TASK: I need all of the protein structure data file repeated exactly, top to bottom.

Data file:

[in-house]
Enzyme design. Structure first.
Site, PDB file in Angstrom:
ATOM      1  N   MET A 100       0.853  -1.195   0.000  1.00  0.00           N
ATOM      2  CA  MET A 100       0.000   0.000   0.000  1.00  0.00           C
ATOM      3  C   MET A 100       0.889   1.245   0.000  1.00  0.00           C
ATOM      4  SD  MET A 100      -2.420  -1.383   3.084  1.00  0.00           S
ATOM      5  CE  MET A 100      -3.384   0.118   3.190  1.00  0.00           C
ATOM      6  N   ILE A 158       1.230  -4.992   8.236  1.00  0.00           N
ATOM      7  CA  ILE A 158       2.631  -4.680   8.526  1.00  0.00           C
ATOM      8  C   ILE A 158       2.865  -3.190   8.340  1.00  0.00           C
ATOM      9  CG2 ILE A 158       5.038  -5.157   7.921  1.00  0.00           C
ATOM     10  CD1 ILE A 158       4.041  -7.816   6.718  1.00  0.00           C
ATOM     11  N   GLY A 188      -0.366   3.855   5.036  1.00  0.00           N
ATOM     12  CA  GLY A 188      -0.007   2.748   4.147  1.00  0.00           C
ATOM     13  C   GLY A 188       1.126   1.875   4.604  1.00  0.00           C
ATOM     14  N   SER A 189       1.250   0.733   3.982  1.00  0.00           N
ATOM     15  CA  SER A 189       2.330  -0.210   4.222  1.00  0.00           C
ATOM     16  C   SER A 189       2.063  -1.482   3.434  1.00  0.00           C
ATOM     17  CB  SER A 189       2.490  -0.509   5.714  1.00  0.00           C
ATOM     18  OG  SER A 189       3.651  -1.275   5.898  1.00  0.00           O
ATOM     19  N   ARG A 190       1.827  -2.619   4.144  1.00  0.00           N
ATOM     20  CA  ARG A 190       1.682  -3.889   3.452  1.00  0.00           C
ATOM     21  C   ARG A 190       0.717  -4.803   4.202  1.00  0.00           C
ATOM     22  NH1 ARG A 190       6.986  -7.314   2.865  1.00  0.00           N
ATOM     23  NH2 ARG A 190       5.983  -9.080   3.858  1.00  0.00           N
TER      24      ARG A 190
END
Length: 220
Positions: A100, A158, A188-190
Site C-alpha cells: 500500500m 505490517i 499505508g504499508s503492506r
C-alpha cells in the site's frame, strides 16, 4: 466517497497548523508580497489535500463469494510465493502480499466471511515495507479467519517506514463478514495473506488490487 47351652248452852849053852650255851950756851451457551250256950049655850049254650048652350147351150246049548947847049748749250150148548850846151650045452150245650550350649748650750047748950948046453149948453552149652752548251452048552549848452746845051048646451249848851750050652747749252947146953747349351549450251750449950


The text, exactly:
[in-house]
Enzyme design. Structure first.
Site, PDB file in Angstrom:
ATOM      1  N   MET A 100       0.853  -1.195   0.000  1.00  0.00           N
ATOM      2  CA  MET A 100       0.000   0.000   0.000  1.00  0.00           C
ATOM      3  C   MET A 100       0.889   1.245   0.000  1.00  0.00           C
ATOM      4  SD  MET A 100      -2.420  -1.383   3.084  1.00  0.00           S
ATOM      5  CE  MET A 100      -3.384   0.118   3.190  1.00  0.00           C
ATOM      6  N   ILE A 158       1.230  -4.992   8.236  1.00  0.00           N
ATOM      7  CA  ILE A 158       2.631  -4.680   8.526  1.00  0.00           C
ATOM      8  C   ILE A 158       2.865  -3.190   8.340  1.00  0.00           C
ATOM      9  CG2 ILE A 158       5.038  -5.157   7.921  1.00  0.00           C
ATOM     10  CD1 ILE A 158       4.041  -7.816   6.718  1.00  0.00           C
ATOM     11  N   GLY A 188      -0.366   3.855   5.036  1.00  0.00           N
ATOM     12  CA  GLY A 188      -0.007   2.748   4.147  1.00  0.00           C
ATOM     13  C   GLY A 188       1.126   1.875   4.604  1.00  0.00           C
ATOM     14  N   SER A 189       1.250   0.733   3.982  1.00  0.00           N
ATOM     15  CA  SER A 189       2.330  -0.210   4.222  1.00  0.00           C
ATOM     16  C   SER A 189       2.063  -1.482   3.434  1.00  0.00           C
ATOM     17  CB  SER A 189       2.490  -0.509   5.714  1.00  0.00           C
ATOM     18  OG  SER A 189       3.651  -1.275   5.898  1.00  0.00           O
ATOM     19  N   ARG A 190       1.827  -2.619   4.144  1.00  0.00           N
ATOM     20  CA  ARG A 190       1.682  -3.889   3.452  1.00  0.00           C
ATOM     21  C   ARG A 190       0.717  -4.803   4.202  1.00  0.00           C
ATOM     22  NH1 ARG A 190       6.986  -7.314   2.865  1.00  0.00           N
ATOM     23  NH2 ARG A 190       5.983  -9.080   3.858  1.00  0.00           N
TER      24      ARG A 190
END
Length: 220
Positions: A100, A158, A188-190
Site C-alpha cells: 500500500m 505490517i 499505508g504499508s503492506r
C-alpha cells in the site's frame, strides 16, 4: 466517497497548523508580497489535500463469494510465493502480499466471511515495507479467519517506514463478514495473506488490487 47351652248452852849053852650255851950756851451457551250256950049655850049254650048652350147351150246049548947847049748749250150148548850846151650045452150245650550350649748650750047748950948046453149948453552149652752548251452048552549848452746845051048646451249848851750050652747749252947146953747349351549450251750449950